9 Grammatical Pitfalls


[dis-in-her-it] /ˌdɪs ɪnˈhɛr ɪt/
verb (used with object)
Law. to exclude from inheritance (an heir or a next of kin).
to deprive of a heritage, country, right, privilege, etc.:
the disinherited peoples of the earth.
Origin of disinherit
1525-35; dis-1 + inherit
Related forms
disinheritance, noun
undisinherited, adjective Unabridged
Based on the Random House Dictionary, © Random House, Inc. 2015.
Cite This Source
Examples from the web for disinherit
  • Land inheritance patterns can make widows more vulnerable to becoming homeless and similarly disinherit their children.
  • If the barrier of gift tax is taken down, individuals who want to disinherit their spouses will be able to do so much more easily.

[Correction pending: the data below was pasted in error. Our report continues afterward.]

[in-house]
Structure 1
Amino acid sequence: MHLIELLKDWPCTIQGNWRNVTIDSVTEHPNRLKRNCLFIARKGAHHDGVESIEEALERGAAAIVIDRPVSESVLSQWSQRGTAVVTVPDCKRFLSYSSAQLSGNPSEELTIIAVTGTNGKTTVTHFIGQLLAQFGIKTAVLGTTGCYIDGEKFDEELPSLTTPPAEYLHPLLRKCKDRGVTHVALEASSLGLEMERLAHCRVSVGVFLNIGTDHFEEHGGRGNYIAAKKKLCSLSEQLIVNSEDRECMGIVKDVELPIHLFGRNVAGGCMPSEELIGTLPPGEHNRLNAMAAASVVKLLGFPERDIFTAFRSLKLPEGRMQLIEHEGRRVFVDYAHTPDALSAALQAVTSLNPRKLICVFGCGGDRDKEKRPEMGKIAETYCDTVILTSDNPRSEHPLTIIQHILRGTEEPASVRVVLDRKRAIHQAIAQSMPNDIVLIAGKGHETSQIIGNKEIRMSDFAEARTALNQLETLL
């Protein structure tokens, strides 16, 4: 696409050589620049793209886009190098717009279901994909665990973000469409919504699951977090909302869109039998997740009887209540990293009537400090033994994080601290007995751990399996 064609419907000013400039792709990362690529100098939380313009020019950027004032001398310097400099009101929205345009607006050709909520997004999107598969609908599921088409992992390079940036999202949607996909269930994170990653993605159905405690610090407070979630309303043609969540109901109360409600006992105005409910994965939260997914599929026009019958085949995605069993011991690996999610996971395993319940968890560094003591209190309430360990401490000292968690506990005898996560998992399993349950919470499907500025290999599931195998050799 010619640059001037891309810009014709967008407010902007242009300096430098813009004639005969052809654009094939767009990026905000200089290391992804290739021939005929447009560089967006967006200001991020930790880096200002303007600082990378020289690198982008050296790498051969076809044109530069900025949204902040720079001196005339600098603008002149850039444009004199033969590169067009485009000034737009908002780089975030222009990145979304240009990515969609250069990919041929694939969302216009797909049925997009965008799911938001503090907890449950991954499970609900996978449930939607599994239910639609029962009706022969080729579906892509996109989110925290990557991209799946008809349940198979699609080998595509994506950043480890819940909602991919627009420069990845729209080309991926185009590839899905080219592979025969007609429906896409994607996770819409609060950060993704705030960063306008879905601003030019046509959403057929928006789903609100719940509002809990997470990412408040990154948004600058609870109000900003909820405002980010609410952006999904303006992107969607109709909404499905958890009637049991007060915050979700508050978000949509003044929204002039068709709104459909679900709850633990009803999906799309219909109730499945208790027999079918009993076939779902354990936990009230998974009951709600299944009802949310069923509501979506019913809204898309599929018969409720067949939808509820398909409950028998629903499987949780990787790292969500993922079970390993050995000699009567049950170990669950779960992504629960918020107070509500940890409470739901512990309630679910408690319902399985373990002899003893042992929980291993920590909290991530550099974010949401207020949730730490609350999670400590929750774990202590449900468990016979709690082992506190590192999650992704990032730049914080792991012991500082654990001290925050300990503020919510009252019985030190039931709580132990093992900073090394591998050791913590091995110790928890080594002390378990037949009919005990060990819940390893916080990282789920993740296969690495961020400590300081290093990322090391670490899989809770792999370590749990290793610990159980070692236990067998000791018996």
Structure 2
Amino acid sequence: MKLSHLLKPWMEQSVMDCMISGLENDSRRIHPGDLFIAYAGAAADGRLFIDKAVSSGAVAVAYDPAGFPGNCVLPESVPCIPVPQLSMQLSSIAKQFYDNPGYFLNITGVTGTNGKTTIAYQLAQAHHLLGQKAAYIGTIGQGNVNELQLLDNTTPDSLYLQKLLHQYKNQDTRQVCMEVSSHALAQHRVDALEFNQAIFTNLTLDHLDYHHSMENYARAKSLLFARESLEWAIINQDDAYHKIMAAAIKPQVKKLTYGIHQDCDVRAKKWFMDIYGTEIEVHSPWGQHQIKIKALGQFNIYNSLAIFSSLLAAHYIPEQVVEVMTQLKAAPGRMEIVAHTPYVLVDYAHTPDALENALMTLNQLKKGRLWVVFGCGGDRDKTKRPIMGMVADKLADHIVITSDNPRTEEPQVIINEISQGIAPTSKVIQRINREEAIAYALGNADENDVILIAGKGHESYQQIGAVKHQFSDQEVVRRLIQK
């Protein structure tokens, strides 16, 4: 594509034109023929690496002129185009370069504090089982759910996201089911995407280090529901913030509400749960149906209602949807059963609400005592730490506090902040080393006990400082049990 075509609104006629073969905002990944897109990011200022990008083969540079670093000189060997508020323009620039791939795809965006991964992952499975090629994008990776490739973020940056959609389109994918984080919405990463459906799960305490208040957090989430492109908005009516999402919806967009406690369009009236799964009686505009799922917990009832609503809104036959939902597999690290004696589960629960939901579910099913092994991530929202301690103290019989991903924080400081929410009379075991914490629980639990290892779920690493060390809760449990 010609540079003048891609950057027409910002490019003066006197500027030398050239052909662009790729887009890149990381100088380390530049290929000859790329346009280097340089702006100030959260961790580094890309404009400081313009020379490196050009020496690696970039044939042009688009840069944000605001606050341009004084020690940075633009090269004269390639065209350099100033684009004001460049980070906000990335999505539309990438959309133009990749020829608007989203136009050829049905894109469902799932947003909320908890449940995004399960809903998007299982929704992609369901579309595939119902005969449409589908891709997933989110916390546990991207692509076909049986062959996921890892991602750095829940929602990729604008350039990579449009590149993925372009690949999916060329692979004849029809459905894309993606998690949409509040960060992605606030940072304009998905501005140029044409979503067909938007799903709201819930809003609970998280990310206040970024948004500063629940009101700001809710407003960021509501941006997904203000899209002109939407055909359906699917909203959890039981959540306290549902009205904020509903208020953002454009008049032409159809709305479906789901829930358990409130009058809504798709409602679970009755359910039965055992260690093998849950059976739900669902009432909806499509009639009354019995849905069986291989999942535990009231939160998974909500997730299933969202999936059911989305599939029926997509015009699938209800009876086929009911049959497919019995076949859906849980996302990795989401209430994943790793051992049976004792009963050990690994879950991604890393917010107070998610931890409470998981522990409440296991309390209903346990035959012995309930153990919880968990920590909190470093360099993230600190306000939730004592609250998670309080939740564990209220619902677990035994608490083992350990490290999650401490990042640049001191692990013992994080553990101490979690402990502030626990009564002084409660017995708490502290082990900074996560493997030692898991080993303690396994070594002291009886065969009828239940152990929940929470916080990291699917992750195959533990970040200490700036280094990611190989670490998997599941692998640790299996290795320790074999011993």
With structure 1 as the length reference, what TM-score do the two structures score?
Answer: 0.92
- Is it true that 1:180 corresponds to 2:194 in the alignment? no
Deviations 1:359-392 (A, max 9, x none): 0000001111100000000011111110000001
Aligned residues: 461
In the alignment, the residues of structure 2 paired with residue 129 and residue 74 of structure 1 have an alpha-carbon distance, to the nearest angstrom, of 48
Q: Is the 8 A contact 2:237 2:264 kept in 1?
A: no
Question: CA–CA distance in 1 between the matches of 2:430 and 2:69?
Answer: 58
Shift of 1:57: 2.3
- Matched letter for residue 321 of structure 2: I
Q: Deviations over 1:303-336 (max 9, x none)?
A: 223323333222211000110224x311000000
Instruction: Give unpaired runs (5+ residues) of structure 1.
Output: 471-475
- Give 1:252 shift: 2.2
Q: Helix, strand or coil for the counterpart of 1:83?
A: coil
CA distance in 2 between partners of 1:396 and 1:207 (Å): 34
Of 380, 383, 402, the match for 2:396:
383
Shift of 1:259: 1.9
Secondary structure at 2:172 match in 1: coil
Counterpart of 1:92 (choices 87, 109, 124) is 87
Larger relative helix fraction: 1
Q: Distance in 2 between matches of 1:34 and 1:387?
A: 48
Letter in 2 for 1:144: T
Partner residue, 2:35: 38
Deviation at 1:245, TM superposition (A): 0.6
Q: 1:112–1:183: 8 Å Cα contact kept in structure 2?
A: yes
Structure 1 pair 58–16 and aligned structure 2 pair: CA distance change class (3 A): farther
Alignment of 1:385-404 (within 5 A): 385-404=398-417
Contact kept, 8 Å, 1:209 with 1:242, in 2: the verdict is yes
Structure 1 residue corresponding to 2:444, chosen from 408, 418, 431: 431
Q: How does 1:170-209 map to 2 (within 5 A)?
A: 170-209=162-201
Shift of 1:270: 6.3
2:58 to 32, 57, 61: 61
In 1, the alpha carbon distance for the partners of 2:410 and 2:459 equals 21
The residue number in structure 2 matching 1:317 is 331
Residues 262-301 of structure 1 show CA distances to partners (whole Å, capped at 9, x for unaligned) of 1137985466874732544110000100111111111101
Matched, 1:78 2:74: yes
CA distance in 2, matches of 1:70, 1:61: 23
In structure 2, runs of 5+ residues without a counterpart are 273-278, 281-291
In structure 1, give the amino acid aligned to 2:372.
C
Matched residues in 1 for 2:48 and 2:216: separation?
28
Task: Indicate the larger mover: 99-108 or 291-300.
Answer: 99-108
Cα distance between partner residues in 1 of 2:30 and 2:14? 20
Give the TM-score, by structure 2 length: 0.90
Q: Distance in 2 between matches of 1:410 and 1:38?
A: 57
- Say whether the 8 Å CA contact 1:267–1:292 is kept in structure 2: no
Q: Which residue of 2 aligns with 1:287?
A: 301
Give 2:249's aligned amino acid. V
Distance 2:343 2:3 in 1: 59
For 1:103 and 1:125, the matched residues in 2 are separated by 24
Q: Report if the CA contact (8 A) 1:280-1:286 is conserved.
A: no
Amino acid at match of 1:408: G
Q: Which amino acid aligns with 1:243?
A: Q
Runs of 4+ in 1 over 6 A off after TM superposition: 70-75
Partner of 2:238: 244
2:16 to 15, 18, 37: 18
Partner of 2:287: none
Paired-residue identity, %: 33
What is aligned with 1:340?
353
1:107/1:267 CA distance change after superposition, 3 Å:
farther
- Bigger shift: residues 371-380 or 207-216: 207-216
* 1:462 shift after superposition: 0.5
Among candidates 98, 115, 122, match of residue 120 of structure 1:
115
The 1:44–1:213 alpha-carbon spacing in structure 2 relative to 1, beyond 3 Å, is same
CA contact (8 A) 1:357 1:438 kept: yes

• He was also fully cognizant that the deed would disinherit her.
British Dictionary definitions for disinherit


verb (transitive)
(law) to deprive (an heir or next of kin) of inheritance or right to inherit
to deprive of a right or heritage
Derived Forms
disinheritance, noun
Collins English Dictionary - Complete & Unabridged 2012 Digital Edition
© William Collins Sons & Co. Ltd. 1979, 1986 © HarperCollins
Publishers 1998, 2000, 2003, 2005, 2006, 2007, 2009, 2012
Cite This Source
Word Origin and History for disinherit

mid-15c., from dis- "not" + inherit. Related: Disinherited; disinheriting. Replaced earlier desherit (c.1300), from Old French desheriter.

Online Etymology Dictionary, © 2010 Douglas Harper
Cite This Source

Word of the Day

Difficulty index for disinherit

Few English speakers likely know this word

Word Value for disinherit

Scrabble Words With Friends

Quotes with disinherit